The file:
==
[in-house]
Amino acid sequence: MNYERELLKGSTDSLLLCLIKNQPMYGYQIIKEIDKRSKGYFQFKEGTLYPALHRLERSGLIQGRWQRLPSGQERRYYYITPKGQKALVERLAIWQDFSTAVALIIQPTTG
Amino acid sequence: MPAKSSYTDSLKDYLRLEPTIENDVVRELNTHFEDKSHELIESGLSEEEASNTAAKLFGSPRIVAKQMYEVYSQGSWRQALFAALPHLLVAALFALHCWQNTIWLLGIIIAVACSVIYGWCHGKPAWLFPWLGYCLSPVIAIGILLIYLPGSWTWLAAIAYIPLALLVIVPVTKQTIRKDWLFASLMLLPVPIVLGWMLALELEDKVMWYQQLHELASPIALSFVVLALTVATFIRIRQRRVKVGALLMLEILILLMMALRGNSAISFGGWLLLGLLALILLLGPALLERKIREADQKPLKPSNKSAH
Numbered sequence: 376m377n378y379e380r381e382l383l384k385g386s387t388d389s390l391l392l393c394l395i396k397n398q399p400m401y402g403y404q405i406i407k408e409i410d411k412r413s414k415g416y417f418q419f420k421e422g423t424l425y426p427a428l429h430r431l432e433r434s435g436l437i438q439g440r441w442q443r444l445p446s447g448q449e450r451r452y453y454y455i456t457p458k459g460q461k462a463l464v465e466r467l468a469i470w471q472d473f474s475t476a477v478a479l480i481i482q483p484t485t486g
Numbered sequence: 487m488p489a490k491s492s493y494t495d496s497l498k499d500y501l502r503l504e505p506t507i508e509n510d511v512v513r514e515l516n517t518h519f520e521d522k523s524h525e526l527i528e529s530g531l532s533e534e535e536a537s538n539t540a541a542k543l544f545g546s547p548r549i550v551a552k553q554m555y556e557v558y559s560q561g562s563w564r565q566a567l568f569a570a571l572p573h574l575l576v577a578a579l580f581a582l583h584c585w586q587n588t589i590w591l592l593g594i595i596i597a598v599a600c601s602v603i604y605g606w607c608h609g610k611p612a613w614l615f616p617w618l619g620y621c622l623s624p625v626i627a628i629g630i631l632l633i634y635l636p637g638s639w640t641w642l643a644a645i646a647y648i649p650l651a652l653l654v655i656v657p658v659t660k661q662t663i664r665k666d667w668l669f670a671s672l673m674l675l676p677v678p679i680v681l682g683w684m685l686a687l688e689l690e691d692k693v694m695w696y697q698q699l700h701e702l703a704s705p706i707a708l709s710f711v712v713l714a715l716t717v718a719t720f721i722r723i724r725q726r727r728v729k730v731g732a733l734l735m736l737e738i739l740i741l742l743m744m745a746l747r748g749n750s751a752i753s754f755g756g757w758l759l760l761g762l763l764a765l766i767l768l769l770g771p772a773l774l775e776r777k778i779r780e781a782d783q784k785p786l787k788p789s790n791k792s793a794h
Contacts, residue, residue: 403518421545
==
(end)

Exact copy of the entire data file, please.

[in-house]
Amino acid sequence: MNYERELLKGSTDSLLLCLIKNQPMYGYQIIKEIDKRSKGYFQFKEGTLYPALHRLERSGLIQGRWQRLPSGQERRYYYITPKGQKALVERLAIWQDFSTAVALIIQPTTG
Amino acid sequence: MPAKSSYTDSLKDYLRLEPTIENDVVRELNTHFEDKSHELIESGLSEEEASNTAAKLFGSPRIVAKQMYEVYSQGSWRQALFAALPHLLVAALFALHCWQNTIWLLGIIIAVACSVIYGWCHGKPAWLFPWLGYCLSPVIAIGILLIYLPGSWTWLAAIAYIPLALLVIVPVTKQTIRKDWLFASLMLLPVPIVLGWMLALELEDKVMWYQQLHELASPIALSFVVLALTVATFIRIRQRRVKVGALLMLEILILLMMALRGNSAISFGGWLLLGLLALILLLGPALLERKIREADQKPLKPSNKSAH
Numbered sequence: 376m377n378y379e380r381e382l383l384k385g386s387t388d389s390l391l392l393c394l395i396k397n398q399p400m401y402g403y404q405i406i407k408e409i410d411k412r413s414k415g416y417f418q419f420k421e422g423t424l425y426p427a428l429h430r431l432e433r434s435g436l437i438q439g440r441w442q443r444l445p446s447g448q449e450r451r452y453y454y455i456t457p458k459g460q461k462a463l464v465e466r467l468a469i470w471q472d473f474s475t476a477v478a479l480i481i482q483p484t485t486g
Numbered sequence: 487m488p489a490k491s492s493y494t495d496s497l498k499d500y501l502r503l504e505p506t507i508e509n510d511v512v513r514e515l516n517t518h519f520e521d522k523s524h525e526l527i528e529s530g531l532s533e534e535e536a537s538n539t540a541a542k543l544f545g546s547p548r549i550v551a552k553q554m555y556e557v558y559s560q561g562s563w564r565q566a567l568f569a570a571l572p573h574l575l576v577a578a579l580f581a582l583h584c585w586q587n588t589i590w591l592l593g594i595i596i597a598v599a600c601s602v603i604y605g606w607c608h609g610k611p612a613w614l615f616p617w618l619g620y621c622l623s624p625v626i627a628i629g630i631l632l633i634y635l636p637g638s639w640t641w642l643a644a645i646a647y648i649p650l651a652l653l654v655i656v657p658v659t660k661q662t663i664r665k666d667w668l669f670a671s672l673m674l675l676p677v678p679i680v681l682g683w684m685l686a687l688e689l690e691d692k693v694m695w696y697q698q699l700h701e702l703a704s705p706i707a708l709s710f711v712v713l714a715l716t717v718a719t720f721i722r723i724r725q726r727r728v729k730v731g732a733l734l735m736l737e738i739l740i741l742l743m744m745a746l747r748g749n750s751a752i753s754f755g756g757w758l759l760l761g762l763l764a765l766i767l768l769l770g771p772a773l774l775e776r777k778i779r780e781a782d783q784k785p786l787k788p789s790n791k792s793a794h
Contacts, residue, residue: 403518421545